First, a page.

Monday, October 12, 2009

Dastardly plotz

If there is one thing I really need to say before I start: it's that no two writers ever do things quite the same way. There is no such thing as the only right way. What works for you is the right way. And what works for me is seldom the right way twice.
I have noticed a lot of people talking about story ideas... often story ideas that never turn into stories. Now, quite a lot of us are pantsers. Good luck and may the pants of inspiration guide you. On the other hand some of you are dedicated plotters. I tend to fall somewhere betwixt, but I do like to establish something of a plot outline. That varies from a detailed 50 page anal summary, which is missing the dialogue and description - the sort of thing I could turn into a book in three weeks because I've already spent a lot of time and effort on it -to a half a page of broad outline. The latter will probably take quite a lot longer to turn into a book, but for me both of them have followed more or less the same pathway. They've come from a story seed, be it someone telling me that something is impossible, or a spark provided by anything from a nightmare to something I've read in New Scientist (their physics reporting seems reasonable, some of the biological and particularly psychological articles probably need to be taken with a generous pinch of salt. But even pure manure can grow some interesting plants if you mix it with good soil.) It then for me involves reaching some kind of solution - i.e. I'm talking about a probable endpoint. I then work out a beginning. That often means writing a few thousand words which may be entirely disposable, just to get a handle on the setting and characters. It's then that things become much more variable. Basically I can scattergun it with scenes that I can see will have to happen, and try and link those up. That I'm finding seems to work better for me these days. The method I used to follow -which ended up in the 50 page outline which usually didn't survive direct contact with the first three chapters-involved systematically working from the front.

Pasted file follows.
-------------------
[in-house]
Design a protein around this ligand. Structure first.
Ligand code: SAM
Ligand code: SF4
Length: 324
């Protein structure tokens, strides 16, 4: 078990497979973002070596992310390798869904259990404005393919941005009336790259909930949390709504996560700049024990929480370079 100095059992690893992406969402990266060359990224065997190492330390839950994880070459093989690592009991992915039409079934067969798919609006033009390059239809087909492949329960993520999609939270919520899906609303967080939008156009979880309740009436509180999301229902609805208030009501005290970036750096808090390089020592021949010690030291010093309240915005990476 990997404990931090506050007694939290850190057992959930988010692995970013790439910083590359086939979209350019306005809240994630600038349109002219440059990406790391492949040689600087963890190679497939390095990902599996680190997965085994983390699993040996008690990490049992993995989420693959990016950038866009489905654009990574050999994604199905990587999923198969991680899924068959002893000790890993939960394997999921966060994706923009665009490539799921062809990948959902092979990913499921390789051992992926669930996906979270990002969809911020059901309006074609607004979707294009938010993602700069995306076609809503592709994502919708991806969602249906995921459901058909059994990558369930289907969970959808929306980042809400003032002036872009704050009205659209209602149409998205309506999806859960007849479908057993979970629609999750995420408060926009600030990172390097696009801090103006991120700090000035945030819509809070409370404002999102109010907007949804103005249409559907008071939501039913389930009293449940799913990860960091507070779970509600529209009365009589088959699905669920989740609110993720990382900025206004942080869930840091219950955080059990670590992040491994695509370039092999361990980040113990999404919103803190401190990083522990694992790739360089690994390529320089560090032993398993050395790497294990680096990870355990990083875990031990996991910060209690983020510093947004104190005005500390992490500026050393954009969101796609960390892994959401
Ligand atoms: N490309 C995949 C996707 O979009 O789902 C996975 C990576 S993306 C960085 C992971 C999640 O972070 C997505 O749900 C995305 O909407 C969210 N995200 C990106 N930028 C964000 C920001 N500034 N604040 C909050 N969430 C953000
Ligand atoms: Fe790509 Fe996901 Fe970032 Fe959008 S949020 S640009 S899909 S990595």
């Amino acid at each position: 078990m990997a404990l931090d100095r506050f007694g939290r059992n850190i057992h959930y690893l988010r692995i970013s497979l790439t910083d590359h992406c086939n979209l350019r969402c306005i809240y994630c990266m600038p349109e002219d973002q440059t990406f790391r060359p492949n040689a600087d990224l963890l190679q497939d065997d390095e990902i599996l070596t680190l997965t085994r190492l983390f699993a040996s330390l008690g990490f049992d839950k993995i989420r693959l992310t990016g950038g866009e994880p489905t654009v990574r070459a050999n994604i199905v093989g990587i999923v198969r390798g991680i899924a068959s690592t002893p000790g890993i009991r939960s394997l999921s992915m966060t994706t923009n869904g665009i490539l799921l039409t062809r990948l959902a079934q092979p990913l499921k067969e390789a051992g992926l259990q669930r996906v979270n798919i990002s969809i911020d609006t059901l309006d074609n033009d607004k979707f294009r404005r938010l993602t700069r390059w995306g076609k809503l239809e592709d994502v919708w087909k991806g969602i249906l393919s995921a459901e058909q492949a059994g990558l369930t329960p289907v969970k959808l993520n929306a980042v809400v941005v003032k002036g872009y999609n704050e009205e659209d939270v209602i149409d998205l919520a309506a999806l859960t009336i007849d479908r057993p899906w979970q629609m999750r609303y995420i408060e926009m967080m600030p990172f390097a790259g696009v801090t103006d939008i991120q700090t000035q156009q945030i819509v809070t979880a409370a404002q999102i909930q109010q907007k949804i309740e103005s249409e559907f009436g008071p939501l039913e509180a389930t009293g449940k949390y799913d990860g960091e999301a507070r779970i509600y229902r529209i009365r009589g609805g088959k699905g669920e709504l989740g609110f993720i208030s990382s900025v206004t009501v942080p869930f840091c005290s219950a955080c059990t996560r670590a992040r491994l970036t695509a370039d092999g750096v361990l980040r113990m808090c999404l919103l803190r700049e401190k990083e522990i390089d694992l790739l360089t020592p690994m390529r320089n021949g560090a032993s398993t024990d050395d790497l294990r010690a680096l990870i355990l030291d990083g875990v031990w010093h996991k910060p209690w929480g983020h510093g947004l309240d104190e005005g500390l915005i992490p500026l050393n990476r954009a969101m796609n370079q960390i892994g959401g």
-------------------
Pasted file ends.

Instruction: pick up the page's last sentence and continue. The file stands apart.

So what works for you? How do you make it from that idea spark to a viable outline? Or do you think outlines are a waste of time?

10 comments:

C Kelsey said...

The last story I outlined was so complex that I *had* to outline it first. Unfortunately, as happens most of the time when I outline a story, it totally killed the idea. Not only did it stop sounding fun after I'd outlined it but I couldn't even think about it anymore. So... no outlining for me if I can help it.

Anonymous said...

I start with the seed, an idea about how a world is organized, or some odd creature. In getting the idea down, I usually find myself moving from explaining about said creatures to writing a scene with one or more of them in it.

At that point, 3k words in or so, I have to firmly haul my cowering logical side out and demand that it think up a problem for the creature to solve. The logical brain points out that since my split personality dragon (All dragons are both Good and Evil) is . . .

ACK! Dave, your Fionn/Finn is to blame for this! I just had to cut (and paste in the appropriate place) the story problem. Somehow I don't think I'm going to be reading slush today.